Here, in The River, all this replication is blended with a great deal of silence. With sparse language, and a great deal unspoken, you palpably feel the space between the characters.  They are exploring where exactly they are in this relationship and where things are going with it.  But much of what they are feeling and thinking is unexpressed and we feel the emotional distance.  I loved the space that the play took.  Sometimes silence can be more effective at expressing a relationship than a constant stream of dialogue.  Using the small stage and the rustic enclosure of the cabin, the staging gave the right amount of space to the words, emotions and performances.

Dominic West, who I thought was revelatory as Iago last year, was magnetic again in the role of The Man.  He's believably rugged as he guts a fish and cooks it, yet intensely romantic as he expresses his love to The Woman (Miranda Raison) and The Other Woman (Laura Donnelly).

What was spoken, was often repeated but did not become tiresome.  Craving information or clues to this mysterious story, I found myself very attuned to what was being said, what was being withheld and how the results of the repeated conversations sometimes varied.  In contrast to Constellations, where I struggled with the writer's intent, here I felt like Butterworth had a keen sense of where the play was going and what he was writing, even if the audience was not to be let in on all the plans.  His confidence in his skill and his vision makes the play work.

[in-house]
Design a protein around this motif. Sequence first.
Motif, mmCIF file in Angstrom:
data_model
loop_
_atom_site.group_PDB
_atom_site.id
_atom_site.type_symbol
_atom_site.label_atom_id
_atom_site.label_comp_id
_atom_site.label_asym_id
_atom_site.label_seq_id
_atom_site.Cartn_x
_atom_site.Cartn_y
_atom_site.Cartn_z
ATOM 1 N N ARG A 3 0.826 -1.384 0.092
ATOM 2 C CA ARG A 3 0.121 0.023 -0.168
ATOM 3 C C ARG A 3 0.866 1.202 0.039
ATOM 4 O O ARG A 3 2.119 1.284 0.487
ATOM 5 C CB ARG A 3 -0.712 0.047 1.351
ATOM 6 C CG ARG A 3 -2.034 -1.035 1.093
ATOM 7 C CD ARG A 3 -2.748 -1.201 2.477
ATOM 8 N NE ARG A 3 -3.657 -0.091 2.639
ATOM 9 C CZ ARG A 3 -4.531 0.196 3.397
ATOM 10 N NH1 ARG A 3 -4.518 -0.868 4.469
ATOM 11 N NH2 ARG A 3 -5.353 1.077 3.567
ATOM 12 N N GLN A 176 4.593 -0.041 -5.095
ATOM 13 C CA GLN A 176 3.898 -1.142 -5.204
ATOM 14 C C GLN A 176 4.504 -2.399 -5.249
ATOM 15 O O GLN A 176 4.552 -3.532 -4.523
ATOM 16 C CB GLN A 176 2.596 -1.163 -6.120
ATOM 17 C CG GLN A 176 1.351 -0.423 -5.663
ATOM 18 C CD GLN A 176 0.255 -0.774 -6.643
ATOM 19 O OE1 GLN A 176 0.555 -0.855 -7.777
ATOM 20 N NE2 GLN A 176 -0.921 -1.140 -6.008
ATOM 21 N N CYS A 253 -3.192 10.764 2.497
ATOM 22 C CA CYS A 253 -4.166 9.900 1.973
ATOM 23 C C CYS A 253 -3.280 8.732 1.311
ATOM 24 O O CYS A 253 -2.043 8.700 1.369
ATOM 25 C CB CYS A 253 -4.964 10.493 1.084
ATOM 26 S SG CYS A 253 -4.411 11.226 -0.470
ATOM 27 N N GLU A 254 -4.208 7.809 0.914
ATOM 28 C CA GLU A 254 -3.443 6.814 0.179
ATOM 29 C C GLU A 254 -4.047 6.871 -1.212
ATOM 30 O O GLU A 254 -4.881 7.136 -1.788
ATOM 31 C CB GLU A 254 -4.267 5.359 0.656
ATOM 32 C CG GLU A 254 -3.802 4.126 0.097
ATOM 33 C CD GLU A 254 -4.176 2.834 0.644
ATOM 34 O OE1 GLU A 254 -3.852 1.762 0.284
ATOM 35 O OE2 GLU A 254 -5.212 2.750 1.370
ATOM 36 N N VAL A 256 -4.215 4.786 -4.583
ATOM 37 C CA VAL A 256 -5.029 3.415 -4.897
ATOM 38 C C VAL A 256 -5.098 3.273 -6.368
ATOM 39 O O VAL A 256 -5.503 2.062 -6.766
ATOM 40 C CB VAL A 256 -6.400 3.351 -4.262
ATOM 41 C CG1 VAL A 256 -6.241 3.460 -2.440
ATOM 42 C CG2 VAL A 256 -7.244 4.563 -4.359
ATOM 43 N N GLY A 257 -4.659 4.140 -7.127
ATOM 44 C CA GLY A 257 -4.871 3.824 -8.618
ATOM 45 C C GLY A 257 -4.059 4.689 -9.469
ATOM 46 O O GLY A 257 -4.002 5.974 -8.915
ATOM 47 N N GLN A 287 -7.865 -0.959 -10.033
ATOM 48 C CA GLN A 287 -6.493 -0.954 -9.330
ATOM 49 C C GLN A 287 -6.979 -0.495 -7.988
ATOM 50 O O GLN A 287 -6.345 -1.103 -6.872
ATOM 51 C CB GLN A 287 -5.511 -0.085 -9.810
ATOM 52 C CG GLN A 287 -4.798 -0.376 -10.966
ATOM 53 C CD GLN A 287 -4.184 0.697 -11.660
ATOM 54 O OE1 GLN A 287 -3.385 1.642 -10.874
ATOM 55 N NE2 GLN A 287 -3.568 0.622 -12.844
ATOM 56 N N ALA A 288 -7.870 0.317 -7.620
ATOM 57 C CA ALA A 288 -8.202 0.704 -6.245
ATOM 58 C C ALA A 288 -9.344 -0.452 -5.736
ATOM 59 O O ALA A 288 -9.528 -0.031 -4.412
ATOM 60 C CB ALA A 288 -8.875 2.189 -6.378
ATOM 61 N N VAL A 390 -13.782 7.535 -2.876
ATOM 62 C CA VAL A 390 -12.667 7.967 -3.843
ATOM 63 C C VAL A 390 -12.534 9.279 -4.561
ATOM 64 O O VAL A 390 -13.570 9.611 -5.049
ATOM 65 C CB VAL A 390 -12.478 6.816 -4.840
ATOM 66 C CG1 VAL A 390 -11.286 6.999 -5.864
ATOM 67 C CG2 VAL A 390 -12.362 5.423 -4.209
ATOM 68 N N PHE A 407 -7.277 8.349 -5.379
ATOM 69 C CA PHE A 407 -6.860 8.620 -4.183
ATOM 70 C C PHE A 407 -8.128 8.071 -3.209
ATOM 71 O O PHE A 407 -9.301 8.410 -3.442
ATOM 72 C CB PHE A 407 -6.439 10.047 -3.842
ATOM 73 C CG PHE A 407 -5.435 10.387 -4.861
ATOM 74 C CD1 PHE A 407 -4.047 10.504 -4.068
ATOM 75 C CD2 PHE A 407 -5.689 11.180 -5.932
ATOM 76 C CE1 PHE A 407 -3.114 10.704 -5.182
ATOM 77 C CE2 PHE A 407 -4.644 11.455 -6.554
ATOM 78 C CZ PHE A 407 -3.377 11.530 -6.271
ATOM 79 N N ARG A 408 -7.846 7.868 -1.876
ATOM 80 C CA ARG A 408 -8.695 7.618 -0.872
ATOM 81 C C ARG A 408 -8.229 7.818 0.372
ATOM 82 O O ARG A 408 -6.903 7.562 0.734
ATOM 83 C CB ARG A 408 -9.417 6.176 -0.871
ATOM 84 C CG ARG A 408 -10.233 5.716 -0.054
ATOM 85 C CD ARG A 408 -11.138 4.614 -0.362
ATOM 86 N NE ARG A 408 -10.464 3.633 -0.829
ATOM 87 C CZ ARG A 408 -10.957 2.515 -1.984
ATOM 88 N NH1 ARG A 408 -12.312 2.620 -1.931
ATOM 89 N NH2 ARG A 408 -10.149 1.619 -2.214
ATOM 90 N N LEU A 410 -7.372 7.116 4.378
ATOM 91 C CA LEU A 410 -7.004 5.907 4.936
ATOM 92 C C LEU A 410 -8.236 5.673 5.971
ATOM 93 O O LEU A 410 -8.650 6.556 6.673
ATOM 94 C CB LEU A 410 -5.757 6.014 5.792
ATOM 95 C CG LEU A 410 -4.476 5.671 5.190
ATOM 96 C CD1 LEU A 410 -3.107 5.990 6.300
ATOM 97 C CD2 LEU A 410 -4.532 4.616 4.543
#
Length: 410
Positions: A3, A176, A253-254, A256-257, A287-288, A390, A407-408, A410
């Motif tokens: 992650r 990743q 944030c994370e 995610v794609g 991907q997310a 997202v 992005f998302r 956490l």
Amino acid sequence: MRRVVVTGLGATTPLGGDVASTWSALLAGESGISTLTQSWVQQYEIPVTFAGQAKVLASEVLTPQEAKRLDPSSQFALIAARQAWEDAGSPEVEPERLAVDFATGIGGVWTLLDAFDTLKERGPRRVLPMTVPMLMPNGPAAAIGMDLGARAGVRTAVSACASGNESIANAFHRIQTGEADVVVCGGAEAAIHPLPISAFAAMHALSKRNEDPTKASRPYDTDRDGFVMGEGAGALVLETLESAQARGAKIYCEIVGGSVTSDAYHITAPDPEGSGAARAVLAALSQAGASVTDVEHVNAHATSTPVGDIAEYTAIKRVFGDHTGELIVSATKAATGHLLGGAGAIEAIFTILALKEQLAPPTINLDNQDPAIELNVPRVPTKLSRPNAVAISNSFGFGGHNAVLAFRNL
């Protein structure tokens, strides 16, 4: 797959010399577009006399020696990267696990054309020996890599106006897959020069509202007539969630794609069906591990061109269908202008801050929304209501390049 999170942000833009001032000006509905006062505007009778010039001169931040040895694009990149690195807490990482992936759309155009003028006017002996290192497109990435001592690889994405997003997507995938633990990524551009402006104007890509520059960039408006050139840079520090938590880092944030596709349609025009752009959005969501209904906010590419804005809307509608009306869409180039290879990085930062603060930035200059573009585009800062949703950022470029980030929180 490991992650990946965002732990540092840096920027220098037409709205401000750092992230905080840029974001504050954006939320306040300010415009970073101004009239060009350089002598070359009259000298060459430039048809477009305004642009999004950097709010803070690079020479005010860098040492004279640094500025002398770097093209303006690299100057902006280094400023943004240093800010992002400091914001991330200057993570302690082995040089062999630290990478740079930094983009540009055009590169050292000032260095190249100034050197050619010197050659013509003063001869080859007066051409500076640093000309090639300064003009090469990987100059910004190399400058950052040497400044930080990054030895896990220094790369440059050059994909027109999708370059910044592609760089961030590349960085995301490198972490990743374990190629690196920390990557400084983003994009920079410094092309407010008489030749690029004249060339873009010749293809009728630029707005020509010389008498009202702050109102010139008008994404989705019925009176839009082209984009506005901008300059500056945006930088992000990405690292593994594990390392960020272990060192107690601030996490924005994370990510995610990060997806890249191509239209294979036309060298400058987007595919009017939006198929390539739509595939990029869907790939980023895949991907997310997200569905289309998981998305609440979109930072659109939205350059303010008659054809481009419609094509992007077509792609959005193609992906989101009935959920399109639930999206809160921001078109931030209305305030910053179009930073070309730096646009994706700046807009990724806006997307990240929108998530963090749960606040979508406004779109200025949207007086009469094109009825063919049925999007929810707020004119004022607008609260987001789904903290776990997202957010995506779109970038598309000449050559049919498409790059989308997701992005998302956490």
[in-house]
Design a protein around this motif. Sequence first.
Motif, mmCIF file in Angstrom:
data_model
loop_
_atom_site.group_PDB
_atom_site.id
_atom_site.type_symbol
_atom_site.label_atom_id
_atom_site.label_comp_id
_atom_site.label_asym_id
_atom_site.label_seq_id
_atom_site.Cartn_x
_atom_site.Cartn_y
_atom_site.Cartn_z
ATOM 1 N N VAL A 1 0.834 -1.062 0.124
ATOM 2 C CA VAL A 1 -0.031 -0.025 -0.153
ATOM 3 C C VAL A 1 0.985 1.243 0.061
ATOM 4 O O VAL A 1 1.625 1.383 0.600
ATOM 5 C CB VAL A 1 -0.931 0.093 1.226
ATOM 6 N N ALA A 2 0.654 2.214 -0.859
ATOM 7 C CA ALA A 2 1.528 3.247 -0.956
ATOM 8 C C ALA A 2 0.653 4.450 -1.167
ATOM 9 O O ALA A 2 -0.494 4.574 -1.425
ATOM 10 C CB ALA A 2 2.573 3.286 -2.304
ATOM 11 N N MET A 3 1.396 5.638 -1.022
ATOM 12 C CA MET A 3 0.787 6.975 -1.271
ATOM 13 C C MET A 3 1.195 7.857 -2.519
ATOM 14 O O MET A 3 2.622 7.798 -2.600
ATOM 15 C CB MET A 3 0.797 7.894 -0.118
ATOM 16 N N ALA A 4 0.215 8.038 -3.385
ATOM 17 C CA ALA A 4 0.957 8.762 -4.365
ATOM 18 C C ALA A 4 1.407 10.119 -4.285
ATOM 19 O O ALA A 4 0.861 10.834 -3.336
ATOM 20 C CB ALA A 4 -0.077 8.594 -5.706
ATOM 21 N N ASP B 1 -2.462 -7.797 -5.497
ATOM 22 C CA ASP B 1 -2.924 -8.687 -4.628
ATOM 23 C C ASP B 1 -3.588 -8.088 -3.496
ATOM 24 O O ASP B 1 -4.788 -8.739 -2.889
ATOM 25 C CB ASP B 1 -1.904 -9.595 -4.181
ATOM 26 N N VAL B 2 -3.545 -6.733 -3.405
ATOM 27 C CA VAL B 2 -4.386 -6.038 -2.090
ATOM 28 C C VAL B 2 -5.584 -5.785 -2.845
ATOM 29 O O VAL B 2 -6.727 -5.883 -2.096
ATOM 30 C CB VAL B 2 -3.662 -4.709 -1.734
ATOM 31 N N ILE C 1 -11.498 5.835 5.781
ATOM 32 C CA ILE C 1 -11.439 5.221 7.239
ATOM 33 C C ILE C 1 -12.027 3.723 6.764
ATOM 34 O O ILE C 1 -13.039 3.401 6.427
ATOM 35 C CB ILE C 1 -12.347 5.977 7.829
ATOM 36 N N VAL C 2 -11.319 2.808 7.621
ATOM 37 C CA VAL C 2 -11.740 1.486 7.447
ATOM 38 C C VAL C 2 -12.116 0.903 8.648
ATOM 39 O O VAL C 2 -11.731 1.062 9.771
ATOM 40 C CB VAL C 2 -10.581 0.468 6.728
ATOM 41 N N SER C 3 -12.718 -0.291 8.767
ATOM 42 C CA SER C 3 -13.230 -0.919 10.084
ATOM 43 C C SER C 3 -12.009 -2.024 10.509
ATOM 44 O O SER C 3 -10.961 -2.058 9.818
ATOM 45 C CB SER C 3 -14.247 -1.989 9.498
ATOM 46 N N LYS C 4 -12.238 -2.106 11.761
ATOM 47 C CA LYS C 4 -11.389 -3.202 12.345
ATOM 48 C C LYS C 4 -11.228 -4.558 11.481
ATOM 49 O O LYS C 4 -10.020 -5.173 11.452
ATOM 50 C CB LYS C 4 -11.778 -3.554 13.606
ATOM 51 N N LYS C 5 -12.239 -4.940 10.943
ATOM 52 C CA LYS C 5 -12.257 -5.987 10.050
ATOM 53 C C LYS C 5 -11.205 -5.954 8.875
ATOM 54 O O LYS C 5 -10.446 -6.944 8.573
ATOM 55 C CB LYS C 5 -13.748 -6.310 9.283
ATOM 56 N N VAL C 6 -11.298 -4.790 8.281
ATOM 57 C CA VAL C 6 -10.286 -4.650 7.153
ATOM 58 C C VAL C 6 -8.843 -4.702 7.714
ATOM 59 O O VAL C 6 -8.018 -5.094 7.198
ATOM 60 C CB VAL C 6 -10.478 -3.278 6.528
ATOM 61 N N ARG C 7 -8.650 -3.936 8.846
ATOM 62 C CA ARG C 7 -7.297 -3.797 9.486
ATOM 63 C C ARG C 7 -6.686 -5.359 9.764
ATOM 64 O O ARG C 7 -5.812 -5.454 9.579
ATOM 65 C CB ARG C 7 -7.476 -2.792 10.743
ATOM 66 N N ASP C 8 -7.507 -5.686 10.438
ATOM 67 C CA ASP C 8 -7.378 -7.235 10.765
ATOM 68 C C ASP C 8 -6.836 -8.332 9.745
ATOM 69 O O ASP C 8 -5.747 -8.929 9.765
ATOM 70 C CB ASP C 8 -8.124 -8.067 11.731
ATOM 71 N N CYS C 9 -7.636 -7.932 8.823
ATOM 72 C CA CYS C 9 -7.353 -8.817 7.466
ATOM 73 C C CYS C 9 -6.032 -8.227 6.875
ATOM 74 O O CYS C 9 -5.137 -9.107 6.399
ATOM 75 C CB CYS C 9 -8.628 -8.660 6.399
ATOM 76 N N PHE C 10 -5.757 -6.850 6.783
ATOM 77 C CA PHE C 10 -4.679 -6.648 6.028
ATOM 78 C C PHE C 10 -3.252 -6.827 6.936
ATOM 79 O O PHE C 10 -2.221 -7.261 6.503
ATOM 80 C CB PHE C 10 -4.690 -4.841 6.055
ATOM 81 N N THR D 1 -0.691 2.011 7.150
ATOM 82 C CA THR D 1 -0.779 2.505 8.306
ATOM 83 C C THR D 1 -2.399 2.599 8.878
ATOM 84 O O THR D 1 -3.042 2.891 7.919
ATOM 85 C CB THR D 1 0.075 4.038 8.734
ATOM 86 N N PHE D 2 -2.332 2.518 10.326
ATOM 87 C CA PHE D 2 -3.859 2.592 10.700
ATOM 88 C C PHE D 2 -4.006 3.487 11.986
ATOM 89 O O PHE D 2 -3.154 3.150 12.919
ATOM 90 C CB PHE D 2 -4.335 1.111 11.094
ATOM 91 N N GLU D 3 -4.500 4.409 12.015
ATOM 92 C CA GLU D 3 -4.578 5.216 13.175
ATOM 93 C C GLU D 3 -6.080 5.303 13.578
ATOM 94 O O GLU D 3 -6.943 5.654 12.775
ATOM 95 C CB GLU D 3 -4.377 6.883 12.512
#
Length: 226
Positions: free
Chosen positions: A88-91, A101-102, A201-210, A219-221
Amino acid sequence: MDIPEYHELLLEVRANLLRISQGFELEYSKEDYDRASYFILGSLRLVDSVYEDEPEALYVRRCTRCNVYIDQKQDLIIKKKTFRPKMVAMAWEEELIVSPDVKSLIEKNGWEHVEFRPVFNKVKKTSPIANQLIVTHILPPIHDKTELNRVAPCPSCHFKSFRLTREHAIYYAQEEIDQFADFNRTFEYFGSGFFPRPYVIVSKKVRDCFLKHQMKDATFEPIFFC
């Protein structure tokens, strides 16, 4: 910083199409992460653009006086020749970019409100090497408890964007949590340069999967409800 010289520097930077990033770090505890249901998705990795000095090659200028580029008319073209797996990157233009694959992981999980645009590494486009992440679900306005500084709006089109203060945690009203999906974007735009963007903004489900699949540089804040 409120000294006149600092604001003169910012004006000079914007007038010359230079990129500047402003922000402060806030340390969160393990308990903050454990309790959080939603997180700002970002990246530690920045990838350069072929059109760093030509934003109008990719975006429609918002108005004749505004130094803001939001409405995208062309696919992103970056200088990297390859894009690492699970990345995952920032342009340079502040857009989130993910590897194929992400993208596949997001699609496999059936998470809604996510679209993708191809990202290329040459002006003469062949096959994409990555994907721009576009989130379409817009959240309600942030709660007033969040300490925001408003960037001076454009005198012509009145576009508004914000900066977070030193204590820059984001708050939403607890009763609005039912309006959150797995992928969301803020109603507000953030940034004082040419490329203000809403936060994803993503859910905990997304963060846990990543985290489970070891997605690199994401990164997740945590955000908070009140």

The "mysteries" of the play are not neatly wrapped up.  Like the aforementioned subway conversation, Butterworth leaves you to fill in the holes.  You bring to this play your own relationships and your experiences.  There was something luxurious and freeing about that.  That freedom coupled with the lack of signposts in the play gave me a feeling of being suspended in the air.  Butterworth holds that tension like a beautiful note of music and it was enough to sustain me. 

I'm not much of an outdoorsy person, but I happen to like birdwatching.  What is always so incredible about birdwatching is when you are paying attention to the woods or fields around you, you hear every sound.  You become attuned to even the smallest movement around you.  Your senses become heightened and re-directed at things you might otherwise tune out in your day-to-day life. 

I found The River had the same effect on me.  Dealing in the ephemeral sights and sounds of nature, love, and relationships, The River transports the audience to another place, time, and world.  But you are left to find your own way home and you must listen, you must look around you, you must become aware.  Like nature itself, that journey can be beautiful, terrifying, mysterious, and intoxicating.  But to truly experience nature you must give in to all those sensations even if it means only understanding an infinitesimal amount of what you are actually feeling.